A 1950s House Transformed (But Not Extended) With A New Kitchen + Floor Plan
Moving from the lounge room to the backyard of this Thornbury, Melbourne home previously required passing through five doors. Now, it’s just one.
This transformation is owed to architect Gab Olah, who recently reconfigured the home for better function and flow — without extending its footprint.
The original 1950s brick veneer home was structurally sound, but didn’t capitalise on its full potential. Gab explains, ‘The original living room had fantastic windows allowing views straight through the building, but the old pergola drooped low to block out views of the sky (including what would otherwise have been fantastic northern light) and the garden.
‘The kitchen was tucked away with no connection to the backyard or living areas, and the original bathroom was suffering from mould and moisture issues that had begun to affect the integrity of the subfloor.’
Gab significantly altered the home’s layout and structure to overcome these issues. This involved removing an existing lean-to, opening up the living areas of the house to the backyard, relocating the laundry, and centralising the kitchen.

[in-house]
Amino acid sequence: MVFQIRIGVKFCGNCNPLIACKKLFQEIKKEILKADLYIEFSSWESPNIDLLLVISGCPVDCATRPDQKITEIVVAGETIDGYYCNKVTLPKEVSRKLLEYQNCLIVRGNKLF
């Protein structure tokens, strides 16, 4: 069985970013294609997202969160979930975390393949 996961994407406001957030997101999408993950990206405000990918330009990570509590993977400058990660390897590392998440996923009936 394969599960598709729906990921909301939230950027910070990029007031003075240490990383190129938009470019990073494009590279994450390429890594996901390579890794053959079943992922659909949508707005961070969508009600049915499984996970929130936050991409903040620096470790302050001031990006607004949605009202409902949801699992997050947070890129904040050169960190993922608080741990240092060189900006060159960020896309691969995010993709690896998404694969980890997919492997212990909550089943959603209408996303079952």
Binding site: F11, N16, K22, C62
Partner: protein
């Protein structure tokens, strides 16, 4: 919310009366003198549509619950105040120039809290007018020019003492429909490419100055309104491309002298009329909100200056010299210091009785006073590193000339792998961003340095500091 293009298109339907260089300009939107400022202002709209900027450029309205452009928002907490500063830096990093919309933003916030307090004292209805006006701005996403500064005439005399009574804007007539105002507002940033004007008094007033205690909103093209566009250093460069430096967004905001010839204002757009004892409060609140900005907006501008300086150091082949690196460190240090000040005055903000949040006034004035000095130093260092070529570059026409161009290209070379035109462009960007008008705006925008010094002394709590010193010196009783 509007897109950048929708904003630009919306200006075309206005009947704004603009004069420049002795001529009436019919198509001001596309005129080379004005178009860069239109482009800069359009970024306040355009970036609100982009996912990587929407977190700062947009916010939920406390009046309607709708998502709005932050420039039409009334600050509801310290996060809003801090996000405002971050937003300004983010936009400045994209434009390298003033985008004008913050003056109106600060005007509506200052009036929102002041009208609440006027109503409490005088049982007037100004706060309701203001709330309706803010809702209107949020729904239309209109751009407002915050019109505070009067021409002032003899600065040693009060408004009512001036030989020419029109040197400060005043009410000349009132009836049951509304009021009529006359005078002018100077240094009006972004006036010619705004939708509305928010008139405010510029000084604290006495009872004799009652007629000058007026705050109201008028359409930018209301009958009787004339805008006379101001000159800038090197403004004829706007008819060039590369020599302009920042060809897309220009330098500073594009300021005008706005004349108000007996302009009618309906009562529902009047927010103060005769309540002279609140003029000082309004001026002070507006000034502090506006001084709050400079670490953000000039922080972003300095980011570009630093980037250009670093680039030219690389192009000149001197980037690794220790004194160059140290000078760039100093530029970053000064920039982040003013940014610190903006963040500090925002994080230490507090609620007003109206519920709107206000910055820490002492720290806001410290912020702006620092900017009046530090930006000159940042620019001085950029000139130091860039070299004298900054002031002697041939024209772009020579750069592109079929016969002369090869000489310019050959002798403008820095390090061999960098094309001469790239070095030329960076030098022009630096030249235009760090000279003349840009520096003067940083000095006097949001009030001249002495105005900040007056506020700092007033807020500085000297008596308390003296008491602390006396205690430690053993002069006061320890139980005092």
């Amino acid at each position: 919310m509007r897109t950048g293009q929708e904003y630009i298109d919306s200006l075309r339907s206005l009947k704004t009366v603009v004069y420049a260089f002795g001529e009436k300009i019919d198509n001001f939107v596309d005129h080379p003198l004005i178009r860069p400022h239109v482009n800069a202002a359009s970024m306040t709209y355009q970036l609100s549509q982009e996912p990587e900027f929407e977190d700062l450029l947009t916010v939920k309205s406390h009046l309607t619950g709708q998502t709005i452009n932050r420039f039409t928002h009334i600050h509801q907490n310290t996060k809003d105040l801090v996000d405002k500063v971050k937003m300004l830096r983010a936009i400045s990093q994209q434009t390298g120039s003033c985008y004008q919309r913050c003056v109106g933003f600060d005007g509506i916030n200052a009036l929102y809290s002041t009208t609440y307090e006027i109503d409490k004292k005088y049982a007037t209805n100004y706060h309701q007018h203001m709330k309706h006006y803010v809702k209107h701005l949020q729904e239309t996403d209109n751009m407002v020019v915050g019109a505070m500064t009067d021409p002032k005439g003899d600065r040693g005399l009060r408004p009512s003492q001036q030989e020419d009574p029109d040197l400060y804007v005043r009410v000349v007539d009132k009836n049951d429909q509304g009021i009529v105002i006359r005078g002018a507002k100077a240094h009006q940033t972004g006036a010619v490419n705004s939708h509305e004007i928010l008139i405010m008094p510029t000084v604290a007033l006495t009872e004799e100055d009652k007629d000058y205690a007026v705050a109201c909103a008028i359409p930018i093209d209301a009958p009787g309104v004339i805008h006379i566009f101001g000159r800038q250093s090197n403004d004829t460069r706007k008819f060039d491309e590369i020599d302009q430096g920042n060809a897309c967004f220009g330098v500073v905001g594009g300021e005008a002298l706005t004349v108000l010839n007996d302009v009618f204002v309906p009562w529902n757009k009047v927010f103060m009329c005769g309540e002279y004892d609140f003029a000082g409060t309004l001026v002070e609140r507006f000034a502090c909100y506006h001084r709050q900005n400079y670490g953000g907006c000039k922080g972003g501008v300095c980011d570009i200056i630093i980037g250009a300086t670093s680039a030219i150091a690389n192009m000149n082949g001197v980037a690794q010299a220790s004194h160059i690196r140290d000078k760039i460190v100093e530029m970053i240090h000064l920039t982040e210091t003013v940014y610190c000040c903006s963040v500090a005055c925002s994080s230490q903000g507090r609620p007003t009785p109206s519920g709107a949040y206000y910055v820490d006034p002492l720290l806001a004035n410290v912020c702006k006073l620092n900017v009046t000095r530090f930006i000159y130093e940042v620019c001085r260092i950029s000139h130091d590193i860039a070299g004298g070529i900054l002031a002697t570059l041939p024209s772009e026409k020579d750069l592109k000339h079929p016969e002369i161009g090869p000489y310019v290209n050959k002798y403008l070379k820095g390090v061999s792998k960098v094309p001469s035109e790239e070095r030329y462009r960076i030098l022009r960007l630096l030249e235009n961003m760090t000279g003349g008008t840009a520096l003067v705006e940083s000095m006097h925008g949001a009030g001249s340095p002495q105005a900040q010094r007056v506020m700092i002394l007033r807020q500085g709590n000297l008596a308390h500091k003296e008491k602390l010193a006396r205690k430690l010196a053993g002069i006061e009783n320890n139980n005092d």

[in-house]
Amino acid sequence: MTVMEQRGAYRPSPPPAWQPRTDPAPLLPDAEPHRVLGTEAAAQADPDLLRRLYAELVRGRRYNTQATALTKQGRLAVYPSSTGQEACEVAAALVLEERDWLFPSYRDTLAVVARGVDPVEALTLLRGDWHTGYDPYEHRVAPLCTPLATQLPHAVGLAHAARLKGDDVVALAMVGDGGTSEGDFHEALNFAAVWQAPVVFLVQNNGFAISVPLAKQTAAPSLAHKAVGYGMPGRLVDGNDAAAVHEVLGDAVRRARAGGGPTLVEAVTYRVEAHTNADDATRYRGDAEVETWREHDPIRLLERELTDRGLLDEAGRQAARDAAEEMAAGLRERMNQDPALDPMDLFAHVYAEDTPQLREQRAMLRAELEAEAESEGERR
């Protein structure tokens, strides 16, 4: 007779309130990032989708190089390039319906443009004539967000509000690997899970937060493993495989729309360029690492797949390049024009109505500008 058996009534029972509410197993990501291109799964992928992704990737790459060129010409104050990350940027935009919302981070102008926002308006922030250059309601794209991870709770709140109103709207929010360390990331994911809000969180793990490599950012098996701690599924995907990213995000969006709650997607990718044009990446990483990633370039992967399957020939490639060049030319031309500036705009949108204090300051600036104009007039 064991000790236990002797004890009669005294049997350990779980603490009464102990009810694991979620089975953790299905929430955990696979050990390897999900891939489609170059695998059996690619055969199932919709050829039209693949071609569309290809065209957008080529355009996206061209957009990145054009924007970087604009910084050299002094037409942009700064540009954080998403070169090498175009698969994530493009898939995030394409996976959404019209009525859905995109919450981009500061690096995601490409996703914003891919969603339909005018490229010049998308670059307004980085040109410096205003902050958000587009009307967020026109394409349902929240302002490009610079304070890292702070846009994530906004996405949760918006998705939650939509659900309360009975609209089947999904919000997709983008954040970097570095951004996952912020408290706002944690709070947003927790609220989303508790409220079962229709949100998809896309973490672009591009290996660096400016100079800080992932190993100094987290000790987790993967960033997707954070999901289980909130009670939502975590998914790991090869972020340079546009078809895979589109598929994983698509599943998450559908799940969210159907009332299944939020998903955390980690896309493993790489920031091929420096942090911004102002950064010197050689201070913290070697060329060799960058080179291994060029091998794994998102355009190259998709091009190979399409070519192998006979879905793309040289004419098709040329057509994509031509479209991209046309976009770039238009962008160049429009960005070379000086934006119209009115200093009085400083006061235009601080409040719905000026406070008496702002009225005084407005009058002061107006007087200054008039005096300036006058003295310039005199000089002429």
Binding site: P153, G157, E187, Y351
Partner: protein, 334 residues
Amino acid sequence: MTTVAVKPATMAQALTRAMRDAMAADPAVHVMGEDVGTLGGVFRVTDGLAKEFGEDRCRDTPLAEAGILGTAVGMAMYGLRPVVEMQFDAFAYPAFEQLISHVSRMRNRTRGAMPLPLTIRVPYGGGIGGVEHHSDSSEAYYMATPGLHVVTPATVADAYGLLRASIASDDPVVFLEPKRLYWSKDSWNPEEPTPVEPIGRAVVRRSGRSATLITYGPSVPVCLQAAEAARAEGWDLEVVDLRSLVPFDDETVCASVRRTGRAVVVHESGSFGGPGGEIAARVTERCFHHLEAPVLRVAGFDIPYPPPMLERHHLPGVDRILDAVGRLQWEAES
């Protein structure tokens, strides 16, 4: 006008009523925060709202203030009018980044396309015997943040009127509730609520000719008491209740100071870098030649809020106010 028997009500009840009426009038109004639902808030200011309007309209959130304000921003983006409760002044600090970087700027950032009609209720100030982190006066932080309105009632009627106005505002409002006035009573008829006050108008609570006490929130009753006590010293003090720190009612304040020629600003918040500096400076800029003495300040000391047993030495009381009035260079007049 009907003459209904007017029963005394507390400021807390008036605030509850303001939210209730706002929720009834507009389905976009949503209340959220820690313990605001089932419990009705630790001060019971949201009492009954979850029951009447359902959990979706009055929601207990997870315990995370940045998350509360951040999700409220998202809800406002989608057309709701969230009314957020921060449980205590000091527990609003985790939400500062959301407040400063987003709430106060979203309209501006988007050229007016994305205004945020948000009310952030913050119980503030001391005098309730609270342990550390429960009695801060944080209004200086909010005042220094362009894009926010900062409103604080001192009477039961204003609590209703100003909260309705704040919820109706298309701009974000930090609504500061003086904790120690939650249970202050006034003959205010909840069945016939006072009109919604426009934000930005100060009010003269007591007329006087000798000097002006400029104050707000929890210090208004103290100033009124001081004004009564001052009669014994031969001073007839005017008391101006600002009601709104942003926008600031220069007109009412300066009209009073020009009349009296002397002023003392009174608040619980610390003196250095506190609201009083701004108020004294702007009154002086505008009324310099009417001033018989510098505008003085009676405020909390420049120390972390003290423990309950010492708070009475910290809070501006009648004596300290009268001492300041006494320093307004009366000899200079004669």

‘This was primarily achieved through the removal of walls, with the wet areas largely kept in place to minimise extensive re-plumbing,’ says Gab. ‘A generous kitchen is placed centrally. It has the best views — out to the garden via a new glazed sliding door, to the living room, and to the front door.’
The material palette was driven by the client’s strict budget and desire for an unfussy home. Gab explains, ‘I’d known the client for years and understood they wanted a functional home that could be lived in — where they could entertain and have kids parties – rather than a precious space. They’re okay with a bit of chaos, and the house needed to be okay with it too.’
Gab selected radiata plywood as the main material for its familiar and warm qualities, with a strong expressive grain. ‘It is also far cheaper than other varieties of plywood,’ he adds. ‘Plywood wraps the most hardworking parts of the house — the spaces where domestic labour happens — and frees up the rest of the floor plan to create the openness the client was yearning for.’
Additional materials are restrained, functional and economical. ‘We balanced a few flourishes, such as custom stainless steel bench tops and shelves, with some economical choices such as sticky back vinyl flooring from Bunnings, tapware from IKEA, and some low key classics like white Johnson tiles, Darkon lights, and a Hay rice paper pendant,’ says Gab.
Having removed the former lean-to, the renovated house now has a smaller footprint, but an openness and generosity that feels larger. As they say, bigger isn’t always better!